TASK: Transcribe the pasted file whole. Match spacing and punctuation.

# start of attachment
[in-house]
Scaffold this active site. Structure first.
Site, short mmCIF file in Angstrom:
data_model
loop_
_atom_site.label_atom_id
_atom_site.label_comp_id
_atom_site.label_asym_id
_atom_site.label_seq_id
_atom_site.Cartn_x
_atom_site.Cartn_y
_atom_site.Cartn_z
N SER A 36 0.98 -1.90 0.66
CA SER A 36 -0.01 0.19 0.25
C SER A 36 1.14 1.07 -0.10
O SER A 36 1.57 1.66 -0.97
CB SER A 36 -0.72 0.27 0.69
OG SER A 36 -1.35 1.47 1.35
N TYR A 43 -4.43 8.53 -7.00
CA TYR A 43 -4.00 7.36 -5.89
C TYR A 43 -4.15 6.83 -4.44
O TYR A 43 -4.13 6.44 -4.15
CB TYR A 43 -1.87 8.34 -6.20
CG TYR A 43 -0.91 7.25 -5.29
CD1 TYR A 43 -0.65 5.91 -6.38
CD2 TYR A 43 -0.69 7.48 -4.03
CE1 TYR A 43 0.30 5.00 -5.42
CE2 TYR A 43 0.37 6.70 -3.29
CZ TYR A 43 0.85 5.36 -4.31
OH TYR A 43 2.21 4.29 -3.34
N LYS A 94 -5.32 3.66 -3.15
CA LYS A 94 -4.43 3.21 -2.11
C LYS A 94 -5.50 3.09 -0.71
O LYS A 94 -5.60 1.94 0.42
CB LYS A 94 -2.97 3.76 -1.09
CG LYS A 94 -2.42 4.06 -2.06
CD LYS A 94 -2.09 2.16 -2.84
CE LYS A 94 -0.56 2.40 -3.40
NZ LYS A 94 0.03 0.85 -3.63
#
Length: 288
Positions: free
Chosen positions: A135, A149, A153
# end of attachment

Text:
[in-house]
Scaffold this active site. Structure first.
Site, short mmCIF file in Angstrom:
data_model
loop_
_atom_site.label_atom_id
_atom_site.label_comp_id
_atom_site.label_asym_id
_atom_site.label_seq_id
_atom_site.Cartn_x
_atom_site.Cartn_y
_atom_site.Cartn_z
N SER A 36 0.98 -1.90 0.66
CA SER A 36 -0.01 0.19 0.25
C SER A 36 1.14 1.07 -0.10
O SER A 36 1.57 1.66 -0.97
CB SER A 36 -0.72 0.27 0.69
OG SER A 36 -1.35 1.47 1.35
N TYR A 43 -4.43 8.53 -7.00
CA TYR A 43 -4.00 7.36 -5.89
C TYR A 43 -4.15 6.83 -4.44
O TYR A 43 -4.13 6.44 -4.15
CB TYR A 43 -1.87 8.34 -6.20
CG TYR A 43 -0.91 7.25 -5.29
CD1 TYR A 43 -0.65 5.91 -6.38
CD2 TYR A 43 -0.69 7.48 -4.03
CE1 TYR A 43 0.30 5.00 -5.42
CE2 TYR A 43 0.37 6.70 -3.29
CZ TYR A 43 0.85 5.36 -4.31
OH TYR A 43 2.21 4.29 -3.34
N LYS A 94 -5.32 3.66 -3.15
CA LYS A 94 -4.43 3.21 -2.11
C LYS A 94 -5.50 3.09 -0.71
O LYS A 94 -5.60 1.94 0.42
CB LYS A 94 -2.97 3.76 -1.09
CG LYS A 94 -2.42 4.06 -2.06
CD LYS A 94 -2.09 2.16 -2.84
CE LYS A 94 -0.56 2.40 -3.40
NZ LYS A 94 0.03 0.85 -3.63
#
Length: 288
Positions: free
Chosen positions: A135, A149, A153